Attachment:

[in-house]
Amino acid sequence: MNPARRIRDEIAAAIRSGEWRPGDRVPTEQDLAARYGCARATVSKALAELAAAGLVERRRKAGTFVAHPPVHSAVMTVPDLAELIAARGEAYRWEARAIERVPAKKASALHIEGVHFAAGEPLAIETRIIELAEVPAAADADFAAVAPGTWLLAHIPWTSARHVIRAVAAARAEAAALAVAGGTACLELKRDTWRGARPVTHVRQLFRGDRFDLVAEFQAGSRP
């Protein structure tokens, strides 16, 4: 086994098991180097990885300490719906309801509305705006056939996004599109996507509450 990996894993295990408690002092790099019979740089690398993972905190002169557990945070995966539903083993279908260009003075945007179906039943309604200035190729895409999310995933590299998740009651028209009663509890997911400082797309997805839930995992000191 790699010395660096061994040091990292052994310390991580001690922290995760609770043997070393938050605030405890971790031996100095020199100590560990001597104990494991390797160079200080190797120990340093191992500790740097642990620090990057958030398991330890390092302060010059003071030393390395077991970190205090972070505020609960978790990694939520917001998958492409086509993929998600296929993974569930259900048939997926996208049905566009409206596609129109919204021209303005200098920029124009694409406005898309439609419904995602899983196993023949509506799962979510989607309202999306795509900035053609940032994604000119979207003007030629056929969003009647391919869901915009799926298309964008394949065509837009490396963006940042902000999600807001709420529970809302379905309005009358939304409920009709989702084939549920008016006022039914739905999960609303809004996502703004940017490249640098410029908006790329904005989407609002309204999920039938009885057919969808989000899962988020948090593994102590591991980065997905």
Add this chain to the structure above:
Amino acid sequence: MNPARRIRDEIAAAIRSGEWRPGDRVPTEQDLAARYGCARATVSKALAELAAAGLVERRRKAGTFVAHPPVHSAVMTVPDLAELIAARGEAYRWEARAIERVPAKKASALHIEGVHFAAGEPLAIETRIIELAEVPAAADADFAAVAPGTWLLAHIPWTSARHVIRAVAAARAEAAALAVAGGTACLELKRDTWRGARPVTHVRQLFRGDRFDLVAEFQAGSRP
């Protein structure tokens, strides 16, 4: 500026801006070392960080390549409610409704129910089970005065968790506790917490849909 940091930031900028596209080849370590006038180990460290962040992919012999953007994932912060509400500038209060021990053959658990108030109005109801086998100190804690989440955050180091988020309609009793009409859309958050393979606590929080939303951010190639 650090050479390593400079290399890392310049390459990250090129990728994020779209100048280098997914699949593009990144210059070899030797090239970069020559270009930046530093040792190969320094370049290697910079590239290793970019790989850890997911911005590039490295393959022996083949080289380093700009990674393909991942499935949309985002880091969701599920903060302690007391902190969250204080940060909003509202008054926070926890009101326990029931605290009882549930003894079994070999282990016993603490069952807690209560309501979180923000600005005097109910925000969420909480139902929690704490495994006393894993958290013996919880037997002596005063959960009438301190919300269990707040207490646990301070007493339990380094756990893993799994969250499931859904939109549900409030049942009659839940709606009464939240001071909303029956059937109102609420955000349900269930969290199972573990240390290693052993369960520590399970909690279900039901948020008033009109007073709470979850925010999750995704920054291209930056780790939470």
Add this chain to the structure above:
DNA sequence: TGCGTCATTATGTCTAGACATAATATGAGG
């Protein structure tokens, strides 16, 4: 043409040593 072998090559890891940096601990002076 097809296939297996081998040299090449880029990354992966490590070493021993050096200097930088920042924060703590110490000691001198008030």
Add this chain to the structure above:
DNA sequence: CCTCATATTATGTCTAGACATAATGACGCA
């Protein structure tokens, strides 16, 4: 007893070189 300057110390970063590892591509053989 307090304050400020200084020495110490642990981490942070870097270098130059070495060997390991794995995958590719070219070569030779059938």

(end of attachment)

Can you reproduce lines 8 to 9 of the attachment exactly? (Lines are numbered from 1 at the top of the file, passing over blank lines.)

DNA sequence: TGCGTCATTATGTCTAGACATAATATGAGG
């Protein structure tokens, strides 16, 4: 043409040593 072998090559890891940096601990002076 097809296939297996081998040299090449880029990354992966490590070493021993050096200097930088920042924060703590110490000691001198008030």